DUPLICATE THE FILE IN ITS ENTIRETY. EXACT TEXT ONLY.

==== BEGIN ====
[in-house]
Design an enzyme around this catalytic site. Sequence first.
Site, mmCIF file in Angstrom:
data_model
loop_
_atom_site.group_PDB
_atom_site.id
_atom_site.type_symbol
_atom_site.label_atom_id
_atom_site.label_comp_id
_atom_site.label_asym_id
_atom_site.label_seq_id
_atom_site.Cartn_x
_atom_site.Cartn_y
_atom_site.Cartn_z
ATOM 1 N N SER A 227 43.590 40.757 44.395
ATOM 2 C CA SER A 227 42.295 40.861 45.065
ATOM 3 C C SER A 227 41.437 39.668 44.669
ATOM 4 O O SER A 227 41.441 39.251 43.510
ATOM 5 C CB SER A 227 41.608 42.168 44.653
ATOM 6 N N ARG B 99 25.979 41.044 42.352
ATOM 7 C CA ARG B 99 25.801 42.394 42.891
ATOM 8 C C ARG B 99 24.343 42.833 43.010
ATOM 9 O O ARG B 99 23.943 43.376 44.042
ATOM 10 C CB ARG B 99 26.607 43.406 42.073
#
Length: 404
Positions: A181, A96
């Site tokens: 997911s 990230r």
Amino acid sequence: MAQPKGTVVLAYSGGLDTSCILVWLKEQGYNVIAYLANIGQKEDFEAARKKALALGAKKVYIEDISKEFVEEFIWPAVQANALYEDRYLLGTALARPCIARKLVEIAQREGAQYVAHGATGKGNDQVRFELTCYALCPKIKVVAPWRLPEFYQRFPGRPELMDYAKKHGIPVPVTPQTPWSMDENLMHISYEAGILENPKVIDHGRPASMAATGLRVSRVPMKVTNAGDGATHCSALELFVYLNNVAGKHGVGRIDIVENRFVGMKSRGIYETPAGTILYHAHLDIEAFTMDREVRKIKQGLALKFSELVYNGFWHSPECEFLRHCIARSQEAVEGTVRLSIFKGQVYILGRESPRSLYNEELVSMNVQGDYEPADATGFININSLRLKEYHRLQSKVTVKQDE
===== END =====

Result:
[in-house]
Design an enzyme around this catalytic site. Sequence first.
Site, mmCIF file in Angstrom:
data_model
loop_
_atom_site.group_PDB
_atom_site.id
_atom_site.type_symbol
_atom_site.label_atom_id
_atom_site.label_comp_id
_atom_site.label_asym_id
_atom_site.label_seq_id
_atom_site.Cartn_x
_atom_site.Cartn_y
_atom_site.Cartn_z
ATOM 1 N N SER A 227 43.590 40.757 44.395
ATOM 2 C CA SER A 227 42.295 40.861 45.065
ATOM 3 C C SER A 227 41.437 39.668 44.669
ATOM 4 O O SER A 227 41.441 39.251 43.510
ATOM 5 C CB SER A 227 41.608 42.168 44.653
ATOM 6 N N ARG B 99 25.979 41.044 42.352
ATOM 7 C CA ARG B 99 25.801 42.394 42.891
ATOM 8 C C ARG B 99 24.343 42.833 43.010
ATOM 9 O O ARG B 99 23.943 43.376 44.042
ATOM 10 C CB ARG B 99 26.607 43.406 42.073
#
Length: 404
Positions: A181, A96
């Site tokens: 997911s 990230r």
Amino acid sequence: MAQPKGTVVLAYSGGLDTSCILVWLKEQGYNVIAYLANIGQKEDFEAARKKALALGAKKVYIEDISKEFVEEFIWPAVQANALYEDRYLLGTALARPCIARKLVEIAQREGAQYVAHGATGKGNDQVRFELTCYALCPKIKVVAPWRLPEFYQRFPGRPELMDYAKKHGIPVPVTPQTPWSMDENLMHISYEAGILENPKVIDHGRPASMAATGLRVSRVPMKVTNAGDGATHCSALELFVYLNNVAGKHGVGRIDIVENRFVGMKSRGIYETPAGTILYHAHLDIEAFTMDREVRKIKQGLALKFSELVYNGFWHSPECEFLRHCIARSQEAVEGTVRLSIFKGQVYILGRESPRSLYNEELVSMNVQGDYEPADATGFININSLRLKEYHRLQSKVTVKQDE